How to get rid of horizontal lines on a screen

Updated February 21, 2017

With the advent of digital broadcast television the ghosting, snowy interference, wavy horizontal lines and picture degradation that was common has been replaced with a blocky, pixilated picture when reception is poor or subject to environmental interference. In some cases, poor reception is manifested as no picture at all. Horizontal lines on a modern screen are likely to be related to the picture aspect, where the picture supplied by the broadcaster doesn't fit the television's settings.

Move the television away from electrical motors like hair dryers or kitchen food mixers if you experience horizontal lines on the screen. Try turning off electrical appliances near the television one-by-one to see if you can eliminate any interference.

Change the aspect ratio if you see large black lines at the top and bottom of the screen. They are caused by the media being filmed in an aspect greater than that which the television can show. Press the button labelled "Aspect" or "Zoom" and toggle through the options. Options can include "Normal," "Cinema," "Zoom," "Wide" and so on. Try the different settings until the black lines disappear. One drawback with removing the black lines is that some of the picture may become cut off.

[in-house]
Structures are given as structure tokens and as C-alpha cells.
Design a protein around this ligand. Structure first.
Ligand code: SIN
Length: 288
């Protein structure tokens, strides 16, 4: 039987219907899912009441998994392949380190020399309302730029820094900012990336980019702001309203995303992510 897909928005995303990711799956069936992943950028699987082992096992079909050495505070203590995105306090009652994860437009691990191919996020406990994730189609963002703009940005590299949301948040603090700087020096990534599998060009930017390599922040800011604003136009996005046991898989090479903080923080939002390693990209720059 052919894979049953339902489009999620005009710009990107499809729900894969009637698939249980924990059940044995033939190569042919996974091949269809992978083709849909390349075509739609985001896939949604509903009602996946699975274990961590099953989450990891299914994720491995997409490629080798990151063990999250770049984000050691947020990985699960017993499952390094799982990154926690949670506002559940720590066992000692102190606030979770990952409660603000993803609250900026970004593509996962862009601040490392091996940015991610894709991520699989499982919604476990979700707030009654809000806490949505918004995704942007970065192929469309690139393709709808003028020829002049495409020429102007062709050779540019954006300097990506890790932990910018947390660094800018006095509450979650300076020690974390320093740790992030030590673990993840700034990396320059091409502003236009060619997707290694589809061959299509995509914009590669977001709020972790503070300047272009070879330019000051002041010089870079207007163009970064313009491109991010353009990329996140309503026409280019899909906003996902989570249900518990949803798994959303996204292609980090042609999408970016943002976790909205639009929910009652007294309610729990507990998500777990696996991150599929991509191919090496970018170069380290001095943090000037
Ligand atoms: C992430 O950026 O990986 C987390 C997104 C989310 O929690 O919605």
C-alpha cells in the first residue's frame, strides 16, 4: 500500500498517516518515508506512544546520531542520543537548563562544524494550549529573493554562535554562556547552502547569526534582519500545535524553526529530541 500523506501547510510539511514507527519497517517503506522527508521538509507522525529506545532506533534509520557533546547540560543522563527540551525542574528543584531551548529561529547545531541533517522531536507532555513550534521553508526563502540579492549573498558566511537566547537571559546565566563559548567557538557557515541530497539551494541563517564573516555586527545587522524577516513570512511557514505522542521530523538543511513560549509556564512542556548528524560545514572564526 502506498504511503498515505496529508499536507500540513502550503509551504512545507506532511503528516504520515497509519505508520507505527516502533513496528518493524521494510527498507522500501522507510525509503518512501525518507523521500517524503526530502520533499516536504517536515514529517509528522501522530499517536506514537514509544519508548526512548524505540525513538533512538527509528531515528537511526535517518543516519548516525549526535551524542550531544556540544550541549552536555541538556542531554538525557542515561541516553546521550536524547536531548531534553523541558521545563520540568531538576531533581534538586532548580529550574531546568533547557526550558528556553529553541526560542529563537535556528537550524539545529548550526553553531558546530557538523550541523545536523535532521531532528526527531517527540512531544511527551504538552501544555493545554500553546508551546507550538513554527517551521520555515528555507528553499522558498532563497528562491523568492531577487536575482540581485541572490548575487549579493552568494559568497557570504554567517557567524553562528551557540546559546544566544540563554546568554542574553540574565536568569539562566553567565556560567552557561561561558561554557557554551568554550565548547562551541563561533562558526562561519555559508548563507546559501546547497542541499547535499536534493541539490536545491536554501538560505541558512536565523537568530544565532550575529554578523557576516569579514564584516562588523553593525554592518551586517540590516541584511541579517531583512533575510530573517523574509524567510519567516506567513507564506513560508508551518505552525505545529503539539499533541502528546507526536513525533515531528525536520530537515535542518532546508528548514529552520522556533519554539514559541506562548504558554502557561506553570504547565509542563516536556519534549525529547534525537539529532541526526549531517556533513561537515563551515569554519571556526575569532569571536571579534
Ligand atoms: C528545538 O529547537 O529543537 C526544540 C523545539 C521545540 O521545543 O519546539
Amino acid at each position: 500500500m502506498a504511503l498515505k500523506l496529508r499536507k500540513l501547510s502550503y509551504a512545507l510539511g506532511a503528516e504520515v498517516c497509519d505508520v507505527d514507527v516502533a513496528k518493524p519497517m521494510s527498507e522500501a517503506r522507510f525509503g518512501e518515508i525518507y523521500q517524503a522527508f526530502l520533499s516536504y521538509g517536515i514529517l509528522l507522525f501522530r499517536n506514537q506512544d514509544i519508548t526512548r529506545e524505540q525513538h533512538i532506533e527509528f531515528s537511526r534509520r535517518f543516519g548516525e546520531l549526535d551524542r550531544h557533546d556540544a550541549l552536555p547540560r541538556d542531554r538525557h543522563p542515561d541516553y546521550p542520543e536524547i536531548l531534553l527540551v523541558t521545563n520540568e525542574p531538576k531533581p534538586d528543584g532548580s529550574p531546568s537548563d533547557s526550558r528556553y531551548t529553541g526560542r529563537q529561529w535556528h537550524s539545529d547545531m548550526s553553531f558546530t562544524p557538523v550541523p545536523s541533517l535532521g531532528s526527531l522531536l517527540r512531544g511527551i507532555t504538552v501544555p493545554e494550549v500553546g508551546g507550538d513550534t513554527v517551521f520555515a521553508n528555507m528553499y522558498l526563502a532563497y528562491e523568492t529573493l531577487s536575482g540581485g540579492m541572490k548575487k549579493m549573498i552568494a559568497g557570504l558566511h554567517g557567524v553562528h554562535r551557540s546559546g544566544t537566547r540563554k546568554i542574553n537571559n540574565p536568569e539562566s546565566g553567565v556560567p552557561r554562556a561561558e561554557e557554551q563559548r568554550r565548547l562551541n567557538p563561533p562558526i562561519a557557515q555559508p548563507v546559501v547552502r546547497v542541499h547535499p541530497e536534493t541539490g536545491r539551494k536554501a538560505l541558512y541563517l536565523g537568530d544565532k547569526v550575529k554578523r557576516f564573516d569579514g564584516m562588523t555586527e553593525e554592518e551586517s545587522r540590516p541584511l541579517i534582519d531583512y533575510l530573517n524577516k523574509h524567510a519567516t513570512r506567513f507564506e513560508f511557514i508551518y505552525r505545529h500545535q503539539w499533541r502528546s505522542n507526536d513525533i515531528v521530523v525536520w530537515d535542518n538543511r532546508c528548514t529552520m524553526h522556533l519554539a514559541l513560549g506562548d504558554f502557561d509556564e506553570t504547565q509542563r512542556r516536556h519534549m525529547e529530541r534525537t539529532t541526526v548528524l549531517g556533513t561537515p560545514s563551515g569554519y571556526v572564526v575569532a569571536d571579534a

Change the settings at the source if the problem persists. Your cable box may well have an aspect setting that you can adjust. Look for a "Settings" button on the remote control. Adjusting the settings will make sure that whether the broadcaster sends a 16:9 aspect, or a 4:3 aspect the image will be correct. If your television is a 16:9 aspect TV, try "Zoom 16:9." The black lines will be gone, and the picture will fill the screen, although parts of the picture at the left and right will be missing.

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About the Author

Patrick Nelson has been a professional writer since 1992. He was editor and publisher of the music industry trade publication "Producer Report" and has written for a number of technology blogs. Nelson studied design at Hornsey Art School.